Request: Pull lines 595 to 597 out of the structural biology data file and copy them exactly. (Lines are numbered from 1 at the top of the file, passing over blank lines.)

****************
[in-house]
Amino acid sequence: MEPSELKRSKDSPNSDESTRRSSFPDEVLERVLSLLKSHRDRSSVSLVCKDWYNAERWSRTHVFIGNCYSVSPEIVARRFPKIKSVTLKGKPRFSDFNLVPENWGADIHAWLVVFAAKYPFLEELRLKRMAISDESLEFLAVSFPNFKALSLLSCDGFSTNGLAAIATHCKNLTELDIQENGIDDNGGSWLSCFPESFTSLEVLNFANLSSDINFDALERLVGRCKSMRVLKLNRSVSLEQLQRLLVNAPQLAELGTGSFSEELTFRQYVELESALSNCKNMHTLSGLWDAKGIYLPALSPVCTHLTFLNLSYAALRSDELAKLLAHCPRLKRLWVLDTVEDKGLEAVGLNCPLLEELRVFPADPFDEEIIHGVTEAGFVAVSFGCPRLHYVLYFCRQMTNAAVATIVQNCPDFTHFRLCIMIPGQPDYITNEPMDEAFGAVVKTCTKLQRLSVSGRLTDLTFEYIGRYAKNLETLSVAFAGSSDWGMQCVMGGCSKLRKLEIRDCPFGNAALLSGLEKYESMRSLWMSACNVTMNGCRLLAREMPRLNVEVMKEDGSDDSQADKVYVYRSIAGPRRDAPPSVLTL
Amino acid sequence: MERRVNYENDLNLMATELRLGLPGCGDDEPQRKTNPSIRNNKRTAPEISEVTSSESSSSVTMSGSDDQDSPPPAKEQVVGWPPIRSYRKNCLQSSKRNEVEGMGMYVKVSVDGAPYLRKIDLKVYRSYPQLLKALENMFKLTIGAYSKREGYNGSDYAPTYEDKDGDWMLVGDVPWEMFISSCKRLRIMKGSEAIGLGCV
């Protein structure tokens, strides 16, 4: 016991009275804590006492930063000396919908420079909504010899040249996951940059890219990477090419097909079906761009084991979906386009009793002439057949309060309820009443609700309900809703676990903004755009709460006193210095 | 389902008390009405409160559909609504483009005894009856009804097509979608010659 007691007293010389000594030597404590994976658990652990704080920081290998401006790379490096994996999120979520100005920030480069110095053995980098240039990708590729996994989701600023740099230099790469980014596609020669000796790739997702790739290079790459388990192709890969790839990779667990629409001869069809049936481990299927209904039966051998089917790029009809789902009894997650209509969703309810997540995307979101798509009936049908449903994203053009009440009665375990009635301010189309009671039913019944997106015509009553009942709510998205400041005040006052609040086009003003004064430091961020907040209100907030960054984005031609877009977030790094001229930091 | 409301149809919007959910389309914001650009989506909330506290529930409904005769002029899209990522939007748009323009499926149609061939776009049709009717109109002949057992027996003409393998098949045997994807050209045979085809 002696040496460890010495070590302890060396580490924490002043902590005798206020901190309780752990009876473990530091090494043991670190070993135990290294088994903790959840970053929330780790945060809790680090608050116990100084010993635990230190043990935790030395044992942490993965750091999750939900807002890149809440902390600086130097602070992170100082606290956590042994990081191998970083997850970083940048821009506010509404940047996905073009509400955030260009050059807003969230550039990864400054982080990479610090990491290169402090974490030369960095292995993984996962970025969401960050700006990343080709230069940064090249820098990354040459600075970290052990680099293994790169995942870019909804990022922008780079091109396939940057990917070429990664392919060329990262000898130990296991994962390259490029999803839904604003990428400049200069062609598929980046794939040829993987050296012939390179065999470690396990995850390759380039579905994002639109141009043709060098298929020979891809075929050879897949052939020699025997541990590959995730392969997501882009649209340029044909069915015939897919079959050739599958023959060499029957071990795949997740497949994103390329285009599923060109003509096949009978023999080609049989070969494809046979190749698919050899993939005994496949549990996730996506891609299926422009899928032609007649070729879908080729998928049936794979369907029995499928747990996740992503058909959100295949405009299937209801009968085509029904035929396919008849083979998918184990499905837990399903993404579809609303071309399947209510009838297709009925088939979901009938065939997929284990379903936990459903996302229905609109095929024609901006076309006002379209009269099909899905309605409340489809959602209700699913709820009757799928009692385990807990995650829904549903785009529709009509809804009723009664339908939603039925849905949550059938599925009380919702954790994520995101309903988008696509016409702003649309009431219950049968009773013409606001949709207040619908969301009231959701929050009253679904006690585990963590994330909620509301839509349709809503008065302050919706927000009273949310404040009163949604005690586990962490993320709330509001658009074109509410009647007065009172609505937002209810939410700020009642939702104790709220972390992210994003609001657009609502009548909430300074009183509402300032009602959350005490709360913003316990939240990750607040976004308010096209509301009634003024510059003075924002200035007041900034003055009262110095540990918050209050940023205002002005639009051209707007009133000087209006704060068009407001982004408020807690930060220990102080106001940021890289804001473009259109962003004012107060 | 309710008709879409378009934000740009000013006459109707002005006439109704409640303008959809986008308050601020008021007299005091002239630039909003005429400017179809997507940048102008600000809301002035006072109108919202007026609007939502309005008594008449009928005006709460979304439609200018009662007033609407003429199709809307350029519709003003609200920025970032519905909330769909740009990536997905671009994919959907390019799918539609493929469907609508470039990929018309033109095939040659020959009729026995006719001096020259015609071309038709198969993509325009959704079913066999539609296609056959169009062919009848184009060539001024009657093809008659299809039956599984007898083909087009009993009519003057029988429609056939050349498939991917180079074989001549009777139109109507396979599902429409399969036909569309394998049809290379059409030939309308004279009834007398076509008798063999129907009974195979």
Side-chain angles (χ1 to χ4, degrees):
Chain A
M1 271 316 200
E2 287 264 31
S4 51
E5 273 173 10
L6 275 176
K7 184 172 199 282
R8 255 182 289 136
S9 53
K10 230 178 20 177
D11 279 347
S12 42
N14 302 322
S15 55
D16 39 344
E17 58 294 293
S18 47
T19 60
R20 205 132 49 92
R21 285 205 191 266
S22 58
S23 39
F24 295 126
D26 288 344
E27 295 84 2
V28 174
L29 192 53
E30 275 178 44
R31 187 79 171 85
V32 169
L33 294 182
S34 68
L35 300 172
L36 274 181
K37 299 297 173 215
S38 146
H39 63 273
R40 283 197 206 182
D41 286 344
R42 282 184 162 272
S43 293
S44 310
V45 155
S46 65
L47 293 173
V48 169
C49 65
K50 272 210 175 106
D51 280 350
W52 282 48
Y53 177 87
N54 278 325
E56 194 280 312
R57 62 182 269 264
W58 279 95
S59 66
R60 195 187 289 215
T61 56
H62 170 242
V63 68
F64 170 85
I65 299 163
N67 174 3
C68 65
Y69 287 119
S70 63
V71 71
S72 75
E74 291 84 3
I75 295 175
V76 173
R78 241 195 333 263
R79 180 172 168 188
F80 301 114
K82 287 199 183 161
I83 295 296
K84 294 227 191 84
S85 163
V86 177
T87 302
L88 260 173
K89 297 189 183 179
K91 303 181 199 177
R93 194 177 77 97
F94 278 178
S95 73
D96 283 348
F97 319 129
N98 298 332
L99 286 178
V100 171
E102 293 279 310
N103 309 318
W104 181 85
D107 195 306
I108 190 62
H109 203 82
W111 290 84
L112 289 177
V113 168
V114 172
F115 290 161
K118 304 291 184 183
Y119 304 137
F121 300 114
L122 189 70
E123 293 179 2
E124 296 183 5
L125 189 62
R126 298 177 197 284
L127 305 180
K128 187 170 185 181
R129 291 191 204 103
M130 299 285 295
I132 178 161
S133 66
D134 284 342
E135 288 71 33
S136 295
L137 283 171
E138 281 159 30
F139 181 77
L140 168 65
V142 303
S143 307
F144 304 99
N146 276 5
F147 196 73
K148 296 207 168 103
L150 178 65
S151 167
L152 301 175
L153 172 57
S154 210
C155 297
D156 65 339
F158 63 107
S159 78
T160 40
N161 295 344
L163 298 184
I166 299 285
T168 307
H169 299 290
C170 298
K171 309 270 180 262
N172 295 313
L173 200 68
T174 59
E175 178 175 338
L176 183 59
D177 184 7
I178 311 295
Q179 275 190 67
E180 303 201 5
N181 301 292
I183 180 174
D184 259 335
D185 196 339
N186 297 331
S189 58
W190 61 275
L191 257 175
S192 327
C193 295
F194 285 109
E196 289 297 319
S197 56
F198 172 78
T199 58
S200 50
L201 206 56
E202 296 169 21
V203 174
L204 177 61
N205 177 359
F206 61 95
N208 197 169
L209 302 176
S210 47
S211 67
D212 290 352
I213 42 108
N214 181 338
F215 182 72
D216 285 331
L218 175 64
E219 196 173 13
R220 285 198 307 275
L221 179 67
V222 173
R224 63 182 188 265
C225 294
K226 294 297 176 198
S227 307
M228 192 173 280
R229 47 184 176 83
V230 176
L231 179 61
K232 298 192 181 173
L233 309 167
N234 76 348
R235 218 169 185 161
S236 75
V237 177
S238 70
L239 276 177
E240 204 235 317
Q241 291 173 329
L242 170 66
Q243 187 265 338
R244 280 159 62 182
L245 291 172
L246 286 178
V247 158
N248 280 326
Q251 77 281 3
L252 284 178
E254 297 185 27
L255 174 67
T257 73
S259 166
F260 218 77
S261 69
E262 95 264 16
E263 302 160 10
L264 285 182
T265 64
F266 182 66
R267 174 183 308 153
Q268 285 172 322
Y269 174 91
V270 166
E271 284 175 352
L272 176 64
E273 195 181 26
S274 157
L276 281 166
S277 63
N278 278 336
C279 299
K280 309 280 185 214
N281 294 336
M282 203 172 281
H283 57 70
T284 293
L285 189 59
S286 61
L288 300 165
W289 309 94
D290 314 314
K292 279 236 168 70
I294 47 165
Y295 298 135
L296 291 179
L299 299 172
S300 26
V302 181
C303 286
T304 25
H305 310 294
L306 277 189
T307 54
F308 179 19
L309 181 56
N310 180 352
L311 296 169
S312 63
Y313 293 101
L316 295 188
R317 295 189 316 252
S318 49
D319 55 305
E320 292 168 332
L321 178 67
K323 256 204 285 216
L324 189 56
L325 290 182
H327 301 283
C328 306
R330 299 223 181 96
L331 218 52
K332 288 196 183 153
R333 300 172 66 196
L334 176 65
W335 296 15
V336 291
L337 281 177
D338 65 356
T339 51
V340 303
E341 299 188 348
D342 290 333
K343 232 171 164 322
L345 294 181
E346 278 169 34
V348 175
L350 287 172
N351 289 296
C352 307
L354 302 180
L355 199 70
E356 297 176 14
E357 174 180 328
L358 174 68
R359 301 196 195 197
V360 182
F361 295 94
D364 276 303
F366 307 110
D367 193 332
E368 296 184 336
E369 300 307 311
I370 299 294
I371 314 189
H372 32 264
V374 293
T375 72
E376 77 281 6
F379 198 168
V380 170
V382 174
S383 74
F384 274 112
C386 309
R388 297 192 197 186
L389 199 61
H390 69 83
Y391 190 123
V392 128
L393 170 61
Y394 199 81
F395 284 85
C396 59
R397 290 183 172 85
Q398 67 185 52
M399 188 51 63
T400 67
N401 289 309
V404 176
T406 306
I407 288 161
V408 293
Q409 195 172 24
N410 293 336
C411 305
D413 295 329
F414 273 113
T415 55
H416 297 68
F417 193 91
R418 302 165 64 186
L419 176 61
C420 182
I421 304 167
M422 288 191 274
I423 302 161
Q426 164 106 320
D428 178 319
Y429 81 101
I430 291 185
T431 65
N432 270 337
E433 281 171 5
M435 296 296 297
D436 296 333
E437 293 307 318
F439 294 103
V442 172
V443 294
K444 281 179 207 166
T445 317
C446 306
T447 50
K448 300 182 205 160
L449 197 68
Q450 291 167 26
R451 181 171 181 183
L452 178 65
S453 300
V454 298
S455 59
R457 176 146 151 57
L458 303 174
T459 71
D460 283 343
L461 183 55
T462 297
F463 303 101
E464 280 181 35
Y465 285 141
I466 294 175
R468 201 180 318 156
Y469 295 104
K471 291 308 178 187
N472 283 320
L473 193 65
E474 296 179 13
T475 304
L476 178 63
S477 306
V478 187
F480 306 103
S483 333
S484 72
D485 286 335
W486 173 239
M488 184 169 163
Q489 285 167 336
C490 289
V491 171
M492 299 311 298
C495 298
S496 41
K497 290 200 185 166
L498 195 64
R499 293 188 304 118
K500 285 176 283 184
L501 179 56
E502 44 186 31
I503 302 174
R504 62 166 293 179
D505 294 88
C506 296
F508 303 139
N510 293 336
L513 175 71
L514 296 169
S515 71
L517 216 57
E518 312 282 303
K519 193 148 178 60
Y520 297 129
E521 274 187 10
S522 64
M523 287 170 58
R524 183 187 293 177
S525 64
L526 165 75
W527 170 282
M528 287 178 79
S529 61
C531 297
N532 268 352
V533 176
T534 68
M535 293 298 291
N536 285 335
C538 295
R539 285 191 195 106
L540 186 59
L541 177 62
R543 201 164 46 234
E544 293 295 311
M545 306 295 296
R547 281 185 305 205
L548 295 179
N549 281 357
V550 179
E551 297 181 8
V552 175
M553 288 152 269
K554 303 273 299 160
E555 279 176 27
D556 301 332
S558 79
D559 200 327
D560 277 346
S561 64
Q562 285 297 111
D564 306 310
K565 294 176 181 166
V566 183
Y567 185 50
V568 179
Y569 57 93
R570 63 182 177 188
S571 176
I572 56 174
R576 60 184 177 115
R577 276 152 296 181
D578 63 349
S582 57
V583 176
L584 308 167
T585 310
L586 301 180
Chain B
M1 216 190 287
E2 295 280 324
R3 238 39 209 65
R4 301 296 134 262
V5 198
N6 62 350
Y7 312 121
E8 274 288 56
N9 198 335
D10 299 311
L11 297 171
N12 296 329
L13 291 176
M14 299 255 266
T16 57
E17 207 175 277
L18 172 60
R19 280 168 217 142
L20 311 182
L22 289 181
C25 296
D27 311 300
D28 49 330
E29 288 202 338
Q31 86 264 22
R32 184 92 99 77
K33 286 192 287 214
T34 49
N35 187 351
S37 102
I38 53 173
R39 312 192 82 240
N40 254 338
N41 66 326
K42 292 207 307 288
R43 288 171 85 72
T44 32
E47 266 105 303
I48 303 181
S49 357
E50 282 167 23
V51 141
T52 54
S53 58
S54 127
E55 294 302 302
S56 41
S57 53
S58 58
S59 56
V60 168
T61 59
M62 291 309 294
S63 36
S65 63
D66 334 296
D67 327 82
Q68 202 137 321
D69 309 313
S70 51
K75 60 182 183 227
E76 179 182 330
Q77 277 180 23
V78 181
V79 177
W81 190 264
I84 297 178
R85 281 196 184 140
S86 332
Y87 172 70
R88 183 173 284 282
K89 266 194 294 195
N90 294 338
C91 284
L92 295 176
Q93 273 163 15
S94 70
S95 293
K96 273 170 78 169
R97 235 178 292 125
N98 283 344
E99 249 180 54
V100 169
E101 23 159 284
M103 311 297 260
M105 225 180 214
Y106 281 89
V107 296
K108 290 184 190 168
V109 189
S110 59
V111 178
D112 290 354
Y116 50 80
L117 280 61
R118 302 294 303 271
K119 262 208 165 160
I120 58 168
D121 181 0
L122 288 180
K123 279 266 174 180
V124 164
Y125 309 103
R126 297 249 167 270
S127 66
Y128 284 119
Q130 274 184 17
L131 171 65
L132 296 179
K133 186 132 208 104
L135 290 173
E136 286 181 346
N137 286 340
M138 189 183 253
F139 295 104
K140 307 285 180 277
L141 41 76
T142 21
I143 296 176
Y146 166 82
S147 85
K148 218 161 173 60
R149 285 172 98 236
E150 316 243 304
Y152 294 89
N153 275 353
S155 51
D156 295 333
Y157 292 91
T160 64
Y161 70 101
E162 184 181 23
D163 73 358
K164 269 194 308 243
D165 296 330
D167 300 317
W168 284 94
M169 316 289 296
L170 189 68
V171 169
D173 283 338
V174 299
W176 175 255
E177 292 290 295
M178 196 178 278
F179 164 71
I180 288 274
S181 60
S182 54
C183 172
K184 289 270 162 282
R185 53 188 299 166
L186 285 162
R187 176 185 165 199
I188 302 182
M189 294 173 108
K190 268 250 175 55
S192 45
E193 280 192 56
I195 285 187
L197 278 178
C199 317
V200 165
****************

V124 164
Y125 309 103
R126 297 249 167 270